-2

What does "The" emphasize in the phrase "The UK has approved a COVID vaccine"? It seems to mean that "UK has approved a COVID vaccine" is itself OK. I am not very sure.

The UK has approved a COVID vaccine — here’s what scientists now want to know The Pfizer–BioNTech vaccine has passed safety and efficacy tests — but scientists still have many questions about how this and other vaccines will perform as they’re rolled out to millions of people.

Source: Nature Dec.3, 2020

4
  • 1
    'The United Kingdom' is the standard way to refer to the nation (the same as 'the United States' and other nations whose official name is a phrase). Dec 6 '20 at 16:29
  • 2
    It is part of the name of the country "The UK" but not "The Britain" See Using THE before some countries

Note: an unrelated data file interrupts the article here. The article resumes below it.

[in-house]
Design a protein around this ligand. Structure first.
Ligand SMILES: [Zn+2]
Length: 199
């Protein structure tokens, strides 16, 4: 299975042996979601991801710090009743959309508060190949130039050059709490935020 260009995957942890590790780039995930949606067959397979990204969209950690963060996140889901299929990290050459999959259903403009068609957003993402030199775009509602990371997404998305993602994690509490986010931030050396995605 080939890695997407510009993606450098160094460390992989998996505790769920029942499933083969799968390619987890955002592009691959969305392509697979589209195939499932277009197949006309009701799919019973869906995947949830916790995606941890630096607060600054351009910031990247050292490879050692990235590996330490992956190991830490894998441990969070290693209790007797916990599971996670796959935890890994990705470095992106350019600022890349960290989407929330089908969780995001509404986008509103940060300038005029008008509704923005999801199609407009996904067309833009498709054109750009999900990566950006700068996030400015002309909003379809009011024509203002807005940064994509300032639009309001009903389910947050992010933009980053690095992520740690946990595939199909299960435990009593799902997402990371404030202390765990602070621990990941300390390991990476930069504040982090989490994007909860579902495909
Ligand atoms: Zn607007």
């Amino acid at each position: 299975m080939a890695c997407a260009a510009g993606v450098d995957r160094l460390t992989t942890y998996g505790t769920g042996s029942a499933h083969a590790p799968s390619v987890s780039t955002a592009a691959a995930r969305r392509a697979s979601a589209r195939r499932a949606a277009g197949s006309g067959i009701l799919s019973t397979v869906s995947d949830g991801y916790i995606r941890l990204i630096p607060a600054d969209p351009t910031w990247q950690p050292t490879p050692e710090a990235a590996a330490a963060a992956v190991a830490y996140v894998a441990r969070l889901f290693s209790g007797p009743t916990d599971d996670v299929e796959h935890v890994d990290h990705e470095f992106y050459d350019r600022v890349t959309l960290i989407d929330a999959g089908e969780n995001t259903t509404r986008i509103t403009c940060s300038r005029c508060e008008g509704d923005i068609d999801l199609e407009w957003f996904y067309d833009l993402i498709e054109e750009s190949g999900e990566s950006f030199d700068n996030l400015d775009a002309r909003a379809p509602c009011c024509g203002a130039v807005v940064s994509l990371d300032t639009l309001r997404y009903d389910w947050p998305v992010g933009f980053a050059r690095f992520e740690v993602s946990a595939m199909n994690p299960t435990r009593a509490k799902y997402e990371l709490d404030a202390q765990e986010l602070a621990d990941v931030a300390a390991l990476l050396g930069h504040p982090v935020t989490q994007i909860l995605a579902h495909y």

– James K
    Dec 6 '20 at 16:32
  • Thank you. But if so, why there has never been "The China" but always "China"?
    – NewPlanet
    Dec 6 '20 at 16:33
  • 6
    See the linked question... "The UK", "The USA", "The Russian Federation", "The Peoples Repubic of China" .... but "Britain", "America", Russia", "China"...
    – James K
    Dec 6 '20 at 16:40
3

It depends on whether the name of the country is just a proper noun or a common noun/collection of common nouns.

For example:

The United Kingdom: is a collection of common nouns

The United States of America is a collection of common nouns followed by a proper noun

Whereas

Russia: Just a proper noun

China: Just a proper noun

Britain: Just a proper noun

Not the answer you're looking for? Browse other questions tagged .